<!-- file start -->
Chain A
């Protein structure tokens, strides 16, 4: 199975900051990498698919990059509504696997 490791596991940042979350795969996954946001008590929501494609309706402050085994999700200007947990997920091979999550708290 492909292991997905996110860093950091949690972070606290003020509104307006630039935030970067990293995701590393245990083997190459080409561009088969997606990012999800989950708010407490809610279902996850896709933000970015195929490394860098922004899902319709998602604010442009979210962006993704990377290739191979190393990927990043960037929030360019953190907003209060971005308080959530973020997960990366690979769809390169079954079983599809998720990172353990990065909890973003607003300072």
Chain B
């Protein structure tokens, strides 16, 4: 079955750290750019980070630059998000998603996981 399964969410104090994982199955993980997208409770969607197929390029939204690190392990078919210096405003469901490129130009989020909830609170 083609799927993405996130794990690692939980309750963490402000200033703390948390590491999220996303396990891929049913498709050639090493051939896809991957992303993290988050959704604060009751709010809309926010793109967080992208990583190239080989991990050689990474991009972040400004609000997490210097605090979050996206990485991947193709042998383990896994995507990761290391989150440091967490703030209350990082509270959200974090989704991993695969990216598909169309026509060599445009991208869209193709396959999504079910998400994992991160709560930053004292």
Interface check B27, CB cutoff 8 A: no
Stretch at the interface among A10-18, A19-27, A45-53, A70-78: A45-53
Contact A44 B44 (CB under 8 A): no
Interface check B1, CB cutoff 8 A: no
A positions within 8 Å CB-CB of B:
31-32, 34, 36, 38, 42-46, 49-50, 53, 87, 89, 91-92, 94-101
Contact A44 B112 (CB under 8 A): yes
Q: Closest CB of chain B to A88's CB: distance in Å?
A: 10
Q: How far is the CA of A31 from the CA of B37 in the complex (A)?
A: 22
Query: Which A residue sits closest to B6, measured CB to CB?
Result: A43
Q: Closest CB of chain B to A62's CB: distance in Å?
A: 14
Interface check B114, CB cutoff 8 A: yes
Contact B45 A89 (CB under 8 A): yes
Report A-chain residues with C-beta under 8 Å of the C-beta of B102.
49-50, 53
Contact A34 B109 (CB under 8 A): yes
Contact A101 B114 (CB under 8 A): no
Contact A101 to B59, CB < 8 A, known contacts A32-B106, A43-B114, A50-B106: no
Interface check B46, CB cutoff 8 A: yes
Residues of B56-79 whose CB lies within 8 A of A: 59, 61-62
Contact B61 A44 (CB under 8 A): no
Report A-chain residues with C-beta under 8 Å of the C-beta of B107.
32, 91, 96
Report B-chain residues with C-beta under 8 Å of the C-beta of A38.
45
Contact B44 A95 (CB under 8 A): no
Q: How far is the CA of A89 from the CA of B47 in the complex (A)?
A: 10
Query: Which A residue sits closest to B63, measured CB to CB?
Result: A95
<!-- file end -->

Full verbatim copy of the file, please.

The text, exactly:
Chain A
């Protein structure tokens, strides 16, 4: 199975900051990498698919990059509504696997 490791596991940042979350795969996954946001008590929501494609309706402050085994999700200007947990997920091979999550708290 492909292991997905996110860093950091949690972070606290003020509104307006630039935030970067990293995701590393245990083997190459080409561009088969997606990012999800989950708010407490809610279902996850896709933000970015195929490394860098922004899902319709998602604010442009979210962006993704990377290739191979190393990927990043960037929030360019953190907003209060971005308080959530973020997960990366690979769809390169079954079983599809998720990172353990990065909890973003607003300072």
Chain B
């Protein structure tokens, strides 16, 4: 079955750290750019980070630059998000998603996981 399964969410104090994982199955993980997208409770969607197929390029939204690190392990078919210096405003469901490129130009989020909830609170 083609799927993405996130794990690692939980309750963490402000200033703390948390590491999220996303396990891929049913498709050639090493051939896809991957992303993290988050959704604060009751709010809309926010793109967080992208990583190239080989991990050689990474991009972040400004609000997490210097605090979050996206990485991947193709042998383990896994995507990761290391989150440091967490703030209350990082509270959200974090989704991993695969990216598909169309026509060599445009991208869209193709396959999504079910998400994992991160709560930053004292």
Interface check B27, CB cutoff 8 A: no
Stretch at the interface among A10-18, A19-27, A45-53, A70-78: A45-53
Contact A44 B44 (CB under 8 A): no
Interface check B1, CB cutoff 8 A: no
A positions within 8 Å CB-CB of B:
31-32, 34, 36, 38, 42-46, 49-50, 53, 87, 89, 91-92, 94-101
Contact A44 B112 (CB under 8 A): yes
Q: Closest CB of chain B to A88's CB: distance in Å?
A: 10
Q: How far is the CA of A31 from the CA of B37 in the complex (A)?
A: 22
Query: Which A residue sits closest to B6, measured CB to CB?
Result: A43
Q: Closest CB of chain B to A62's CB: distance in Å?
A: 14
Interface check B114, CB cutoff 8 A: yes
Contact B45 A89 (CB under 8 A): yes
Report A-chain residues with C-beta under 8 Å of the C-beta of B102.
49-50, 53
Contact A34 B109 (CB under 8 A): yes
Contact A101 B114 (CB under 8 A): no
Contact A101 to B59, CB < 8 A, known contacts A32-B106, A43-B114, A50-B106: no
Interface check B46, CB cutoff 8 A: yes
Residues of B56-79 whose CB lies within 8 A of A: 59, 61-62
Contact B61 A44 (CB under 8 A): no
Report A-chain residues with C-beta under 8 Å of the C-beta of B107.
32, 91, 96
Report B-chain residues with C-beta under 8 Å of the C-beta of A38.
45
Contact B44 A95 (CB under 8 A): no
Q: How far is the CA of A89 from the CA of B47 in the complex (A)?
A: 10
Query: Which A residue sits closest to B63, measured CB to CB?
Result: A95